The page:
]]>Using co-ordinates with games such as Battleships can be really fun, but the co-ordinate questions that come up on a regular basis in the Year 6 SAT papers tend to be quite tricky.

By Year 6, children should be able to plot and interpret points in all four quadrants, using negative numbers as appropriate.

We have just published a really helpful set of pages on co-ordinates covering all the key ideas.

Go to Year 6 co-ordinates (in Year 6 Geometry)

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]]>The post Finding the mean appeared first on URBrainy.

]]>How mean can statistics questions get? As it happens not very mean at all, as they are usually quite straightforward. We tend to use the word average in everyday speech and finding the mean is very much the same as finding the average. It is quite easy to do: just add up all the numbers and then divide by how many numbers there are. It is a popular question in the KS2 SAT papers.

Whether it is how many shots Rory played on a variety of golf courses or the mean number of goals scored by Real Madrid we have a great selection of pages for this topic.

Our Year 6 Statistics pages also cover interpreting pie charts, conversion graphs and much more.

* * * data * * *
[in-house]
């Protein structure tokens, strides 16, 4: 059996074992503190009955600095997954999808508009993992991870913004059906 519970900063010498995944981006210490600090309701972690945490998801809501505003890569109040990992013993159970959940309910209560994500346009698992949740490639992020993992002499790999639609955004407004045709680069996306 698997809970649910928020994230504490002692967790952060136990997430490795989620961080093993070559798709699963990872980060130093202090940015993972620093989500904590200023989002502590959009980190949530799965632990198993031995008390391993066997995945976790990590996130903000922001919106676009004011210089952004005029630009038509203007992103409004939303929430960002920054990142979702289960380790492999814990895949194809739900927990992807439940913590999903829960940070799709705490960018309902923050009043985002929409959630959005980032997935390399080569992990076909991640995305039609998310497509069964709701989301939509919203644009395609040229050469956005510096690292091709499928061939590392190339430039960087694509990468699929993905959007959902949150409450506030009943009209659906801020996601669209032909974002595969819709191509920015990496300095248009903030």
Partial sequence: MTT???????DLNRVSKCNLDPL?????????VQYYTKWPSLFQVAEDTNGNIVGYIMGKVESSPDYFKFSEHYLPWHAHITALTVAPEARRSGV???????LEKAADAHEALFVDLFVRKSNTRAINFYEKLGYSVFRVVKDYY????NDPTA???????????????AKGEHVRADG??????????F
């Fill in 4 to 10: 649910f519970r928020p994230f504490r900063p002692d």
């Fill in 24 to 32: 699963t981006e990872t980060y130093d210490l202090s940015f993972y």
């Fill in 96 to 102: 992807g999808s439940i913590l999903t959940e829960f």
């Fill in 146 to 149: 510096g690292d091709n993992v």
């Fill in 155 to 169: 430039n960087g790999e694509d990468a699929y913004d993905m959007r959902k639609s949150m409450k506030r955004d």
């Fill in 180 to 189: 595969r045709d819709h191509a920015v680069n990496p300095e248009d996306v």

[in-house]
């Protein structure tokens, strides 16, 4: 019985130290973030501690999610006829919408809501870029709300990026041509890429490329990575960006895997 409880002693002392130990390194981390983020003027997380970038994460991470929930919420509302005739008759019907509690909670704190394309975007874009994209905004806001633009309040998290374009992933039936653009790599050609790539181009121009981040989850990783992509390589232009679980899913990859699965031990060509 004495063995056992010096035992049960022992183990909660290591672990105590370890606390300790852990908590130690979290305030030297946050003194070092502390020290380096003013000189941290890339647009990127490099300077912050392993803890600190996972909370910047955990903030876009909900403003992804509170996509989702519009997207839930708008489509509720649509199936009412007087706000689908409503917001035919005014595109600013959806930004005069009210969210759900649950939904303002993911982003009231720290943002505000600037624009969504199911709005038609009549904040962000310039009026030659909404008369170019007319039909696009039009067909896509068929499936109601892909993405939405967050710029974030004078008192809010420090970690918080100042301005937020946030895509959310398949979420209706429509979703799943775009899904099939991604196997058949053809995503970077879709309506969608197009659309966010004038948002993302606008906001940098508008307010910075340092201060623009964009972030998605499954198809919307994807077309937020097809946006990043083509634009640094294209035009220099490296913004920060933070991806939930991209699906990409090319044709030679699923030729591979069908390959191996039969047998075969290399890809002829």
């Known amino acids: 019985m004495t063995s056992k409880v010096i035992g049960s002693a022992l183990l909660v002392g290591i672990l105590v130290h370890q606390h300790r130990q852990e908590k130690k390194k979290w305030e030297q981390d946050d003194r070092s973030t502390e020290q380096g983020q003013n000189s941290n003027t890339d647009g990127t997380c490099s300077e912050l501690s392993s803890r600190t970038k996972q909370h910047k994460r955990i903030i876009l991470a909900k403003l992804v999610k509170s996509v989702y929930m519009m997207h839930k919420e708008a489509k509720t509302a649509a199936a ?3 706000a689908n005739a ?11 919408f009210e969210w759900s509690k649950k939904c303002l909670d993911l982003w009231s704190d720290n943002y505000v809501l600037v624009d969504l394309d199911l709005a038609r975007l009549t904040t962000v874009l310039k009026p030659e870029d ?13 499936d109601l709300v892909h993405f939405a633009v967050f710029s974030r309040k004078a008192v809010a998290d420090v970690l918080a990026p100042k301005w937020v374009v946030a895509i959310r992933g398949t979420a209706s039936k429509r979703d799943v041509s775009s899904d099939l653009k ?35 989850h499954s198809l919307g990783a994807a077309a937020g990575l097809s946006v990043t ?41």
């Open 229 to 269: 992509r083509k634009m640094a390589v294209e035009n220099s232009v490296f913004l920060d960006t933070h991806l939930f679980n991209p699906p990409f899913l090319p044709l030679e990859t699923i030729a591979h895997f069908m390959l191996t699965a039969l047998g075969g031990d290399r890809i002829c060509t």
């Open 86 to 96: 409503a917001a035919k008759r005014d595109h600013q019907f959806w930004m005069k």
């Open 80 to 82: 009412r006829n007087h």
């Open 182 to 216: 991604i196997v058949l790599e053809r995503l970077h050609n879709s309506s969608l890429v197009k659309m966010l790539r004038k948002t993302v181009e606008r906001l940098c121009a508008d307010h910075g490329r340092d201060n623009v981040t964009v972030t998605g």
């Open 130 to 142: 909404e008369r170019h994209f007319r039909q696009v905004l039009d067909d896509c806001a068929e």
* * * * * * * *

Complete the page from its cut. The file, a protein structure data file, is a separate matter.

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]]>The post KS2 SAT Reasoning: Angle appeared first on URBrainy.

]]>There are two key targets in Year 6 concerning angle. They are:

• 6G4a Find unknown angles in any triangles, quadrilaterals and regular polygons

• 6G4b Recognise angles where they meet at a point, are on a straight line, or are vertically opposite, and find missing angles

This has been reflected in the type of question now found in the KS2 Maths SATs, although the question papers have also included several questions taken from the Year 4 and Year 5 Programme of Study.

Having taken a close look at questions we have now published an excellent set of worksheets covering:

• acute and obtuse angles

• calculating angles on a straight line

• calculating angles that meet at a point

• calculating angles in a triangle

• the sum of interior angles of shapes

Go to KS2 SAT Reasoning: Angle

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]]>The post Times Tables appeared first on URBrainy.

]]>Why learning times tables is important.

Knowing times tables is very important for children for many reasons. Perhaps the most obvious is that it saves time when calculating.

If a child has to count up in fives and count on fingers to know how many lots have been counted (i.e. 5, 10, 15, 20, 25, 30) it is going to take them a whole lot longer than knowing the answer ‘off by heart’. Knowing times tables up to at least 10 times 10 is an incredibly powerful tool and really does make maths easier.